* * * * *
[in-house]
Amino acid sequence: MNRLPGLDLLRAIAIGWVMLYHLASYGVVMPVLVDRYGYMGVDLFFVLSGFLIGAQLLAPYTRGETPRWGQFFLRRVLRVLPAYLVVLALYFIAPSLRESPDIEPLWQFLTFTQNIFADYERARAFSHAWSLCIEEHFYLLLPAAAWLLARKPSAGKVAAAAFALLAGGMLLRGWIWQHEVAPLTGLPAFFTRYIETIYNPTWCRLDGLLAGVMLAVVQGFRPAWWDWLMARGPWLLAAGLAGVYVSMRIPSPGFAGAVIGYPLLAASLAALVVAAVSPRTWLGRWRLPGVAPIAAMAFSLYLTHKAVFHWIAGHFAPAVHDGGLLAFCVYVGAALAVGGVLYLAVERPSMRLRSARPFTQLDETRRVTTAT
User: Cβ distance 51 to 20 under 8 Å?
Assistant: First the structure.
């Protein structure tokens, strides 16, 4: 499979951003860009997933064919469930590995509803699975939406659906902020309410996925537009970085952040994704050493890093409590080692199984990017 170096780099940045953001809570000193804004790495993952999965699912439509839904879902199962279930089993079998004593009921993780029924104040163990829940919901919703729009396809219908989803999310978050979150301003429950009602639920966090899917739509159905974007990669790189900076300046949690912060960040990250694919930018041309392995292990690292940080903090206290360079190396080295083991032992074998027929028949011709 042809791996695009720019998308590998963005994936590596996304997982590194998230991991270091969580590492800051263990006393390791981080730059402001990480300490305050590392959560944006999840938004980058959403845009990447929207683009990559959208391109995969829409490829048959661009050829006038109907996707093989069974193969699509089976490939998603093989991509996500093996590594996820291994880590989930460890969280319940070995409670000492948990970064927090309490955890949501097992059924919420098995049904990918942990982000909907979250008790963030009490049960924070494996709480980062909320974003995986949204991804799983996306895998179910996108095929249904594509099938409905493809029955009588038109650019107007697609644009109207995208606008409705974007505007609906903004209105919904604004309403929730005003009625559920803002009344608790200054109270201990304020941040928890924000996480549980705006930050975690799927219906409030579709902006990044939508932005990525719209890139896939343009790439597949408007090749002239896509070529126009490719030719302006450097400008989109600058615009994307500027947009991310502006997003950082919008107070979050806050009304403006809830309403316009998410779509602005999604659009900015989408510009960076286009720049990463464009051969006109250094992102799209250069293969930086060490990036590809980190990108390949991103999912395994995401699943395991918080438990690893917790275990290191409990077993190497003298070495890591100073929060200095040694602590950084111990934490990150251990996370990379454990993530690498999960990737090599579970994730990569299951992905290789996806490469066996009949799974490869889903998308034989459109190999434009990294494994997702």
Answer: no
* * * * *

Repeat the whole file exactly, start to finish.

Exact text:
[in-house]
Amino acid sequence: MNRLPGLDLLRAIAIGWVMLYHLASYGVVMPVLVDRYGYMGVDLFFVLSGFLIGAQLLAPYTRGETPRWGQFFLRRVLRVLPAYLVVLALYFIAPSLRESPDIEPLWQFLTFTQNIFADYERARAFSHAWSLCIEEHFYLLLPAAAWLLARKPSAGKVAAAAFALLAGGMLLRGWIWQHEVAPLTGLPAFFTRYIETIYNPTWCRLDGLLAGVMLAVVQGFRPAWWDWLMARGPWLLAAGLAGVYVSMRIPSPGFAGAVIGYPLLAASLAALVVAAVSPRTWLGRWRLPGVAPIAAMAFSLYLTHKAVFHWIAGHFAPAVHDGGLLAFCVYVGAALAVGGVLYLAVERPSMRLRSARPFTQLDETRRVTTAT
User: Cβ distance 51 to 20 under 8 Å?
Assistant: First the structure.
């Protein structure tokens, strides 16, 4: 499979951003860009997933064919469930590995509803699975939406659906902020309410996925537009970085952040994704050493890093409590080692199984990017 170096780099940045953001809570000193804004790495993952999965699912439509839904879902199962279930089993079998004593009921993780029924104040163990829940919901919703729009396809219908989803999310978050979150301003429950009602639920966090899917739509159905974007990669790189900076300046949690912060960040990250694919930018041309392995292990690292940080903090206290360079190396080295083991032992074998027929028949011709 042809791996695009720019998308590998963005994936590596996304997982590194998230991991270091969580590492800051263990006393390791981080730059402001990480300490305050590392959560944006999840938004980058959403845009990447929207683009990559959208391109995969829409490829048959661009050829006038109907996707093989069974193969699509089976490939998603093989991509996500093996590594996820291994880590989930460890969280319940070995409670000492948990970064927090309490955890949501097992059924919420098995049904990918942990982000909907979250008790963030009490049960924070494996709480980062909320974003995986949204991804799983996306895998179910996108095929249904594509099938409905493809029955009588038109650019107007697609644009109207995208606008409705974007505007609906903004209105919904604004309403929730005003009625559920803002009344608790200054109270201990304020941040928890924000996480549980705006930050975690799927219906409030579709902006990044939508932005990525719209890139896939343009790439597949408007090749002239896509070529126009490719030719302006450097400008989109600058615009994307500027947009991310502006997003950082919008107070979050806050009304403006809830309403316009998410779509602005999604659009900015989408510009960076286009720049990463464009051969006109250094992102799209250069293969930086060490990036590809980190990108390949991103999912395994995401699943395991918080438990690893917790275990290191409990077993190497003298070495890591100073929060200095040694602590950084111990934490990150251990996370990379454990993530690498999960990737090599579970994730990569299951992905290789996806490469066996009949799974490869889903998308034989459109190999434009990294494994997702």
Answer: no